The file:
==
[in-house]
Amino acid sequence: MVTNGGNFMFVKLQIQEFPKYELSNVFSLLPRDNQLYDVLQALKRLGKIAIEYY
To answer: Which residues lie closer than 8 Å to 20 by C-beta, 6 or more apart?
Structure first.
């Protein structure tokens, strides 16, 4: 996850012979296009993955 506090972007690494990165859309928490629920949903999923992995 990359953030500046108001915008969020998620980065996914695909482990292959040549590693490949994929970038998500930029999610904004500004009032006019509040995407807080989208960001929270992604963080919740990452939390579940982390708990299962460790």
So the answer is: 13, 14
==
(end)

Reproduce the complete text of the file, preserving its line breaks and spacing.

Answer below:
[in-house]
Amino acid sequence: MVTNGGNFMFVKLQIQEFPKYELSNVFSLLPRDNQLYDVLQALKRLGKIAIEYY
To answer: Which residues lie closer than 8 Å to 20 by C-beta, 6 or more apart?
Structure first.
């Protein structure tokens, strides 16, 4: 996850012979296009993955 506090972007690494990165859309928490629920949903999923992995 990359953030500046108001915008969020998620980065996914695909482990292959040549590693490949994929970038998500930029999610904004500004009032006019509040995407807080989208960001929270992604963080919740990452939390579940982390708990299962460790």
So the answer is: 13, 14